Social Security is bringing a little happiness to its clients in the New Year: they will receive a 5.8 percent increase in benefit payments beginning with the January payments.
The 5.8 percent Cost-of-Living Adjustment (COLA) will begin with benefits that over 50 million Social Security beneficiaries receive in January 2009. Increased payments to more than 7 million SSI beneficiaries will begin Dec. 31, 2008.
Social Security and Supplemental Security Income benefits increase automatically each year based on the rise in the Bureau of Labor Statistics’ Consumer Price Index for Urban Wage Earners and Clerical Workers (CPI-W), from the third quarter of the prior year to the corresponding period of the current year.
This 5.8 percent increase is the largest since 1982.
Along with the annual COLA comes other changes, including an increase in the amount of wages subject to Social Security tax. In 2008, the maximum taxable amount was $102,000. Beginning in 2009, the maximum taxable amount will be $106,800. This change will affect about 11 million of the 164 million workers who pay Social Security tax. The tax rate remains the same: 6.2 for employers and employees, and 12.4 for the self employed.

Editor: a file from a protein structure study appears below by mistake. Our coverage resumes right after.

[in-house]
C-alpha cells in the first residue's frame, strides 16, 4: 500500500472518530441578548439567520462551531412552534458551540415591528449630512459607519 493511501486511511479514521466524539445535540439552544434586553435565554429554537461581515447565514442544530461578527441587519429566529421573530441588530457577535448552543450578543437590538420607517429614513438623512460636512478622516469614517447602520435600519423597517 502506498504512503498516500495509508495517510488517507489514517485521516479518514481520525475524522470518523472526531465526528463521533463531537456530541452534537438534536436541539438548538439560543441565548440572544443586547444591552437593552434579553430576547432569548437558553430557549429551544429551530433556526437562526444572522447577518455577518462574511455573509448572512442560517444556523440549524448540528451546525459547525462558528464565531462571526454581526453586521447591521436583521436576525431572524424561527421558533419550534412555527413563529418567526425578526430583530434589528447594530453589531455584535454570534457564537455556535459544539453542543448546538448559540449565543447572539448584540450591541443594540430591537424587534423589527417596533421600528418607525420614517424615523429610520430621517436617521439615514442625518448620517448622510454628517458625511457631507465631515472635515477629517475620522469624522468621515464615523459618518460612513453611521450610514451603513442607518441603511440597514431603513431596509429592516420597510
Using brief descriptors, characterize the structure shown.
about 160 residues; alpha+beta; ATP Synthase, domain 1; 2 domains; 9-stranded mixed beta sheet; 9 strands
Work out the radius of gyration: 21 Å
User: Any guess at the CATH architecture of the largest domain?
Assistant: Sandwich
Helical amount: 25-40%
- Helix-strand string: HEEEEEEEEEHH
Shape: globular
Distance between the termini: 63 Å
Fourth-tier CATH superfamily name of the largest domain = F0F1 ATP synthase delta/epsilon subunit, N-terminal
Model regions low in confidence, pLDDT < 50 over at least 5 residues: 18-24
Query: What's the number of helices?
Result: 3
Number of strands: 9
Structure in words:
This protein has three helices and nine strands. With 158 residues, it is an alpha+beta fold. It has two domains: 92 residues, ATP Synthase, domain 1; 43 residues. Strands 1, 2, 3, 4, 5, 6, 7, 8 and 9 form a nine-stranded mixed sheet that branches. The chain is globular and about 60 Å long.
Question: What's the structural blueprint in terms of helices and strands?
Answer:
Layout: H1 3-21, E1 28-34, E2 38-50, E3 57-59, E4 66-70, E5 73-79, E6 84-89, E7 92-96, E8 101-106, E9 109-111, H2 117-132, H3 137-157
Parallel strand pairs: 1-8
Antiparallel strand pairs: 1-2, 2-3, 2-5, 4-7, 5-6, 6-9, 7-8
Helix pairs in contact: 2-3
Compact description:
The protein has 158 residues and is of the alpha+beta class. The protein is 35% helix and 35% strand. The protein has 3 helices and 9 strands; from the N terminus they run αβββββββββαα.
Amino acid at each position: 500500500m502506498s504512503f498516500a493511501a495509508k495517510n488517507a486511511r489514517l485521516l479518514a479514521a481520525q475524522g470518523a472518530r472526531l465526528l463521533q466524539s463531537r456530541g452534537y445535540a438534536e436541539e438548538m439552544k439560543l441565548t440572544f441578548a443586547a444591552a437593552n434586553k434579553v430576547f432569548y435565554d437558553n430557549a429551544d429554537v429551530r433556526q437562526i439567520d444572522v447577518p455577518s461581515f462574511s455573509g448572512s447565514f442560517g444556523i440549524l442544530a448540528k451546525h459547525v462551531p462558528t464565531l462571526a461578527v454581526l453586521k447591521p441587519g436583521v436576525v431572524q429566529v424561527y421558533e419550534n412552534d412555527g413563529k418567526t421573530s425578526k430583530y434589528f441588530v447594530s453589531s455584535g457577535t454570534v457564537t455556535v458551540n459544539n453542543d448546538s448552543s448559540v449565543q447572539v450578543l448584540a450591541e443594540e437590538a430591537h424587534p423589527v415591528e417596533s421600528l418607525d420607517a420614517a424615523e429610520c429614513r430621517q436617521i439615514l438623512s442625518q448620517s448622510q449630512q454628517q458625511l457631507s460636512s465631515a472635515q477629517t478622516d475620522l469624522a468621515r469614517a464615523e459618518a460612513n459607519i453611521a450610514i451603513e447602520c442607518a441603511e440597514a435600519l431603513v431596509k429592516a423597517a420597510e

In 2009 it will take $1,090 in taxable earnings to earn a credit of coverage for Social Security, up from $1,050 in 2008. All workers can earn up to four credits in a year.
The average retired worker will receive $1,153 per month in Social Security benefits in 2009, up from $1,090 in 2008.
People who have Medicare coverage will want to visit Medicare’s website at www.medicare.gov for changes coming in 2009.
To learn more about Social Security changes coming in 2009, visit the online fact sheet at www.socialsecurity.gov/pressoffice/factsheets/colafacts2009.htm. As always, you can find a wealth of information about Social Security at its Web site, www.socialsecurity.gov.